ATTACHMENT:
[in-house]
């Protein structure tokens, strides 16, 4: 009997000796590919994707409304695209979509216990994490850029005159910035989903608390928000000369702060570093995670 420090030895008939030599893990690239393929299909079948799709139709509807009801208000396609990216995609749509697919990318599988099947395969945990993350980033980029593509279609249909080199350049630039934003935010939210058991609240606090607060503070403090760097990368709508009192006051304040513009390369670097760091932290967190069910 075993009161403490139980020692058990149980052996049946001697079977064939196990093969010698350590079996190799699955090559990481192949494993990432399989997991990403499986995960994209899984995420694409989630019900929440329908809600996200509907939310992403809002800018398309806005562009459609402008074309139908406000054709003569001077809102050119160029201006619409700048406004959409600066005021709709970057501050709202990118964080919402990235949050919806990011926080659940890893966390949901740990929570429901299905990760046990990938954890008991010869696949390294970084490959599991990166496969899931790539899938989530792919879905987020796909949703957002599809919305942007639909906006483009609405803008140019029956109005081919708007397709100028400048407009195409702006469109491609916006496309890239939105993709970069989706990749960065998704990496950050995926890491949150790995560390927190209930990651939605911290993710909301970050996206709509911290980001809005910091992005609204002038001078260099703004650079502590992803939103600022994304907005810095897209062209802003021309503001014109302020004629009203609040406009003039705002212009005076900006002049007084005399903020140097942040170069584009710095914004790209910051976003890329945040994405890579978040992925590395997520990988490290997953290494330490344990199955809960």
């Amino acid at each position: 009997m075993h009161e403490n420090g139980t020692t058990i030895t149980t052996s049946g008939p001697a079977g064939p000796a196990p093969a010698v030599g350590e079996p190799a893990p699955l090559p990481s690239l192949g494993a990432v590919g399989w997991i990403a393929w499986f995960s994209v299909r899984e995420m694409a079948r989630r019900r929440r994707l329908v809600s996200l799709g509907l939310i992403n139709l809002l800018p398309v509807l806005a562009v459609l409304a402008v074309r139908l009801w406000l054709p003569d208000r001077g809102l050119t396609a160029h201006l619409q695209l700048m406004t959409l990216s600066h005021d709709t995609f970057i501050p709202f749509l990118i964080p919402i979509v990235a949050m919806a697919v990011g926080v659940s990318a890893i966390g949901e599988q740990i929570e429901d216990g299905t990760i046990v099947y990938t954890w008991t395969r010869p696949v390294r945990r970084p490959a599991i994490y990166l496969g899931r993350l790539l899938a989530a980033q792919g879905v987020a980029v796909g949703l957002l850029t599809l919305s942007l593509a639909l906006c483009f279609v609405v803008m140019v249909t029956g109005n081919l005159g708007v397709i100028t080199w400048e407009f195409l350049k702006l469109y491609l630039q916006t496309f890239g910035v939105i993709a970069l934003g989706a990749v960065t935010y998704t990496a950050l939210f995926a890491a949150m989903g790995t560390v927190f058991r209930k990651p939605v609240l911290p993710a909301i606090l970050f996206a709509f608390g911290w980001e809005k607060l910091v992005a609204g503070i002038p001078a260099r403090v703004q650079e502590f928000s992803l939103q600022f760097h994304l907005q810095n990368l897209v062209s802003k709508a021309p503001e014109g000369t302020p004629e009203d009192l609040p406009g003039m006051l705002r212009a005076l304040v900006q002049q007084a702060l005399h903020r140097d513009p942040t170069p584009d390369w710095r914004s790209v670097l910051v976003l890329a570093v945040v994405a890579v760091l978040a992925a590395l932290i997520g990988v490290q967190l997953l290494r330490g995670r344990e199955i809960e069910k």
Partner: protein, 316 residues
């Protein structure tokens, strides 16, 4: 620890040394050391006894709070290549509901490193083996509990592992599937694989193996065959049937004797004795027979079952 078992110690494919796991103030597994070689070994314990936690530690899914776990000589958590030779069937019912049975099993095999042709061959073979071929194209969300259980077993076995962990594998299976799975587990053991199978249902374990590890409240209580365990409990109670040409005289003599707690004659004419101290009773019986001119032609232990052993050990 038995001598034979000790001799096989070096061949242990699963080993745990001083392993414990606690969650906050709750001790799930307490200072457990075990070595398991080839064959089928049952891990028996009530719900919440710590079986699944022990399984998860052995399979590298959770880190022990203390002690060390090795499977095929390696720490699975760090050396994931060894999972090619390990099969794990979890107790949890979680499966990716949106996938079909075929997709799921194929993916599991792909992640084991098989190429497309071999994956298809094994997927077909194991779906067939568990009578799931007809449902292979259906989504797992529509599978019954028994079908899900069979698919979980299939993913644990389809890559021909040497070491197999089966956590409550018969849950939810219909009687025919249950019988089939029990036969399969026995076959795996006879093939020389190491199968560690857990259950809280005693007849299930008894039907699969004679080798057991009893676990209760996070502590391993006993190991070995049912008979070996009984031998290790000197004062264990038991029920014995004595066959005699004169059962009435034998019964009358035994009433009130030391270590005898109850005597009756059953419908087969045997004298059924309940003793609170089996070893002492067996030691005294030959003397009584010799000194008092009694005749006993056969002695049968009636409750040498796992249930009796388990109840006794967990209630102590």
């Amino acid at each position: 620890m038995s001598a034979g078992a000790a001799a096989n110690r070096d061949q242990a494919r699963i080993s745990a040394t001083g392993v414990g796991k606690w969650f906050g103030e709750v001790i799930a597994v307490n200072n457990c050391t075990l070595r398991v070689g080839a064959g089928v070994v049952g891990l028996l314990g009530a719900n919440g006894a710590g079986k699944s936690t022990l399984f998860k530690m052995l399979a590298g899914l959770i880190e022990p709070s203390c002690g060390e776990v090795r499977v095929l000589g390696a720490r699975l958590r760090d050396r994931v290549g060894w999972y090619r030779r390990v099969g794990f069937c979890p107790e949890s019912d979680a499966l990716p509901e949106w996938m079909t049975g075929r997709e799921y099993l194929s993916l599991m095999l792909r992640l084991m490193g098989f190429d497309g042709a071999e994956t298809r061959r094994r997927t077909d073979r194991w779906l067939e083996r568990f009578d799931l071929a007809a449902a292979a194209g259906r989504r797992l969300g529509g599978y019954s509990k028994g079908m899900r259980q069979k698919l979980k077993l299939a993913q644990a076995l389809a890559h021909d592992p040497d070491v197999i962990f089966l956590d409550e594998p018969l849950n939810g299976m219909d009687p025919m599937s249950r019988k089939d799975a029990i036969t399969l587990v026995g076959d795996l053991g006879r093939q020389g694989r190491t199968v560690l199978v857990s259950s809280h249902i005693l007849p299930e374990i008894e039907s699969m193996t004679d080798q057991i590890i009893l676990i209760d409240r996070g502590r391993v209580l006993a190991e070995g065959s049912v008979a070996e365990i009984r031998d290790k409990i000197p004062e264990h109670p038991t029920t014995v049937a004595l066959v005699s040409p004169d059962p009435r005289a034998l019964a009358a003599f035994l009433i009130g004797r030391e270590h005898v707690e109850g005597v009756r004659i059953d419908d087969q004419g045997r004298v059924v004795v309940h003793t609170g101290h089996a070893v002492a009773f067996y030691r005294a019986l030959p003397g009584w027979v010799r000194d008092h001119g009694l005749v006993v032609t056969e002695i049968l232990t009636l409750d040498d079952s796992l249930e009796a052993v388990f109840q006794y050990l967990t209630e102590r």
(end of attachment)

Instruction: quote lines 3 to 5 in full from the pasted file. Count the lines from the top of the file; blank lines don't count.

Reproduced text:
């Amino acid at each position: 009997m075993h009161e403490n420090g139980t020692t058990i030895t149980t052996s049946g008939p001697a079977g064939p000796a196990p093969a010698v030599g350590e079996p190799a893990p699955l090559p990481s690239l192949g494993a990432v590919g399989w997991i990403a393929w499986f995960s994209v299909r899984e995420m694409a079948r989630r019900r929440r994707l329908v809600s996200l799709g509907l939310i992403n139709l809002l800018p398309v509807l806005a562009v459609l409304a402008v074309r139908l009801w406000l054709p003569d208000r001077g809102l050119t396609a160029h201006l619409q695209l700048m406004t959409l990216s600066h005021d709709t995609f970057i501050p709202f749509l990118i964080p919402i979509v990235a949050m919806a697919v990011g926080v659940s990318a890893i966390g949901e599988q740990i929570e429901d216990g299905t990760i046990v099947y990938t954890w008991t395969r010869p696949v390294r945990r970084p490959a599991i994490y990166l496969g899931r993350l790539l899938a989530a980033q792919g879905v987020a980029v796909g949703l957002l850029t599809l919305s942007l593509a639909l906006c483009f279609v609405v803008m140019v249909t029956g109005n081919l005159g708007v397709i100028t080199w400048e407009f195409l350049k702006l469109y491609l630039q916006t496309f890239g910035v939105i993709a970069l934003g989706a990749v960065t935010y998704t990496a950050l939210f995926a890491a949150m989903g790995t560390v927190f058991r209930k990651p939605v609240l911290p993710a909301i606090l970050f996206a709509f608390g911290w980001e809005k607060l910091v992005a609204g503070i002038p001078a260099r403090v703004q650079e502590f928000s992803l939103q600022f760097h994304l907005q810095n990368l897209v062209s802003k709508a021309p503001e014109g000369t302020p004629e009203d009192l609040p406009g003039m006051l705002r212009a005076l304040v900006q002049q007084a702060l005399h903020r140097d513009p942040t170069p584009d390369w710095r914004s790209v670097l910051v976003l890329a570093v945040v994405a890579v760091l978040a992925a590395l932290i997520g990988v490290q967190l997953l290494r330490g995670r344990e199955i809960e069910k």
Partner: protein, 316 residues
């Protein structure tokens, strides 16, 4: 620890040394050391006894709070290549509901490193083996509990592992599937694989193996065959049937004797004795027979079952 078992110690494919796991103030597994070689070994314990936690530690899914776990000589958590030779069937019912049975099993095999042709061959073979071929194209969300259980077993076995962990594998299976799975587990053991199978249902374990590890409240209580365990409990109670040409005289003599707690004659004419101290009773019986001119032609232990052993050990 038995001598034979000790001799096989070096061949242990699963080993745990001083392993414990606690969650906050709750001790799930307490200072457990075990070595398991080839064959089928049952891990028996009530719900919440710590079986699944022990399984998860052995399979590298959770880190022990203390002690060390090795499977095929390696720490699975760090050396994931060894999972090619390990099969794990979890107790949890979680499966990716949106996938079909075929997709799921194929993916599991792909992640084991098989190429497309071999994956298809094994997927077909194991779906067939568990009578799931007809449902292979259906989504797992529509599978019954028994079908899900069979698919979980299939993913644990389809890559021909040497070491197999089966956590409550018969849950939810219909009687025919249950019988089939029990036969399969026995076959795996006879093939020389190491199968560690857990259950809280005693007849299930008894039907699969004679080798057991009893676990209760996070502590391993006993190991070995049912008979070996009984031998290790000197004062264990038991029920014995004595066959005699004169059962009435034998019964009358035994009433009130030391270590005898109850005597009756059953419908087969045997004298059924309940003793609170089996070893002492067996030691005294030959003397009584010799000194008092009694005749006993056969002695049968009636409750040498796992249930009796388990109840006794967990209630102590």